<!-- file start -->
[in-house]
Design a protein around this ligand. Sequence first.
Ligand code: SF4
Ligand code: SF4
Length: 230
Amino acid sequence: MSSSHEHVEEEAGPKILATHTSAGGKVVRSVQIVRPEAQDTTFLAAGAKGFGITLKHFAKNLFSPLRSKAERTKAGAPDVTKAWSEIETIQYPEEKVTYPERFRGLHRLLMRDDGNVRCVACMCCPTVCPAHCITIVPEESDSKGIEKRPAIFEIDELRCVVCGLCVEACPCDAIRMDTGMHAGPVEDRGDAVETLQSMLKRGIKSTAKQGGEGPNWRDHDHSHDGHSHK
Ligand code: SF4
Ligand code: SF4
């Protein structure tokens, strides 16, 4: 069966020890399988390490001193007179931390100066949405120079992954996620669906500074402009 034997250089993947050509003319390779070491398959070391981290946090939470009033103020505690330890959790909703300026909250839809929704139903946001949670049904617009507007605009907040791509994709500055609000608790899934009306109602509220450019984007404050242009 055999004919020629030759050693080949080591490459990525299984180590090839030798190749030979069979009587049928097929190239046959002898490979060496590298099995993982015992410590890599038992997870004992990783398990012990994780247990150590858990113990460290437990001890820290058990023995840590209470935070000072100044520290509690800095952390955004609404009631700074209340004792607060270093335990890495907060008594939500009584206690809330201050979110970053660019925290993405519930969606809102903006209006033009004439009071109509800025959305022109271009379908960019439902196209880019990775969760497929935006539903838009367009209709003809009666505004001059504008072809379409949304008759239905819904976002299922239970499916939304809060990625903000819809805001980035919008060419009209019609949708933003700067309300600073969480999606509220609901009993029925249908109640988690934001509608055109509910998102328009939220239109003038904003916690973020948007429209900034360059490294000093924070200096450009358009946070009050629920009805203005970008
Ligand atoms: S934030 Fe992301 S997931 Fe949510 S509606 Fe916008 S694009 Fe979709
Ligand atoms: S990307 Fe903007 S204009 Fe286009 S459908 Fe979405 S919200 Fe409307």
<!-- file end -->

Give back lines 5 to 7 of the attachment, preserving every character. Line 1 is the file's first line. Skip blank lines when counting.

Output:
Length: 230
Amino acid sequence: MSSSHEHVEEEAGPKILATHTSAGGKVVRSVQIVRPEAQDTTFLAAGAKGFGITLKHFAKNLFSPLRSKAERTKAGAPDVTKAWSEIETIQYPEEKVTYPERFRGLHRLLMRDDGNVRCVACMCCPTVCPAHCITIVPEESDSKGIEKRPAIFEIDELRCVVCGLCVEACPCDAIRMDTGMHAGPVEDRGDAVETLQSMLKRGIKSTAKQGGEGPNWRDHDHSHDGHSHK
Ligand code: SF4